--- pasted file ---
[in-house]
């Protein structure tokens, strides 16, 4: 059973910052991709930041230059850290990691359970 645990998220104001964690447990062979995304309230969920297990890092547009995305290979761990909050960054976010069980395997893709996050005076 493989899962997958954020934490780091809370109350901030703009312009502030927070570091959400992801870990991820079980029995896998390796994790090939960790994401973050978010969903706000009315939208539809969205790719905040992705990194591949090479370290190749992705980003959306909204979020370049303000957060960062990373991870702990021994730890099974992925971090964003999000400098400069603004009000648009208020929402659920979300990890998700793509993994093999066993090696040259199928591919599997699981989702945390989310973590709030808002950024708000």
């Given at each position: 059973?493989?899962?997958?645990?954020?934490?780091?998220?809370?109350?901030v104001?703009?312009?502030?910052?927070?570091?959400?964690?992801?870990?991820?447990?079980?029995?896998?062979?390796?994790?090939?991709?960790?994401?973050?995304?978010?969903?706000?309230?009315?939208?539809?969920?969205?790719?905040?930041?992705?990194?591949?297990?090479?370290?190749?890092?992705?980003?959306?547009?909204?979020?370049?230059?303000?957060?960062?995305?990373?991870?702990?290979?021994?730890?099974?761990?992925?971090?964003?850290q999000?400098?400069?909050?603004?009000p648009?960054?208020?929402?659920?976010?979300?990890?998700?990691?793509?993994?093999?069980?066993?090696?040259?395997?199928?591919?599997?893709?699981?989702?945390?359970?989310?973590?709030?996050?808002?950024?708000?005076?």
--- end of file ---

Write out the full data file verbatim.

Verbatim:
[in-house]
């Protein structure tokens, strides 16, 4: 059973910052991709930041230059850290990691359970 645990998220104001964690447990062979995304309230969920297990890092547009995305290979761990909050960054976010069980395997893709996050005076 493989899962997958954020934490780091809370109350901030703009312009502030927070570091959400992801870990991820079980029995896998390796994790090939960790994401973050978010969903706000009315939208539809969205790719905040992705990194591949090479370290190749992705980003959306909204979020370049303000957060960062990373991870702990021994730890099974992925971090964003999000400098400069603004009000648009208020929402659920979300990890998700793509993994093999066993090696040259199928591919599997699981989702945390989310973590709030808002950024708000």
């Given at each position: 059973?493989?899962?997958?645990?954020?934490?780091?998220?809370?109350?901030v104001?703009?312009?502030?910052?927070?570091?959400?964690?992801?870990?991820?447990?079980?029995?896998?062979?390796?994790?090939?991709?960790?994401?973050?995304?978010?969903?706000?309230?009315?939208?539809?969920?969205?790719?905040?930041?992705?990194?591949?297990?090479?370290?190749?890092?992705?980003?959306?547009?909204?979020?370049?230059?303000?957060?960062?995305?990373?991870?702990?290979?021994?730890?099974?761990?992925?971090?964003?850290q999000?400098?400069?909050?603004?009000p648009?960054?208020?929402?659920?976010?979300?990890?998700?990691?793509?993994?093999?069980?066993?090696?040259?395997?199928?591919?599997?893709?699981?989702?945390?359970?989310?973590?709030?996050?808002?950024?708000?005076?």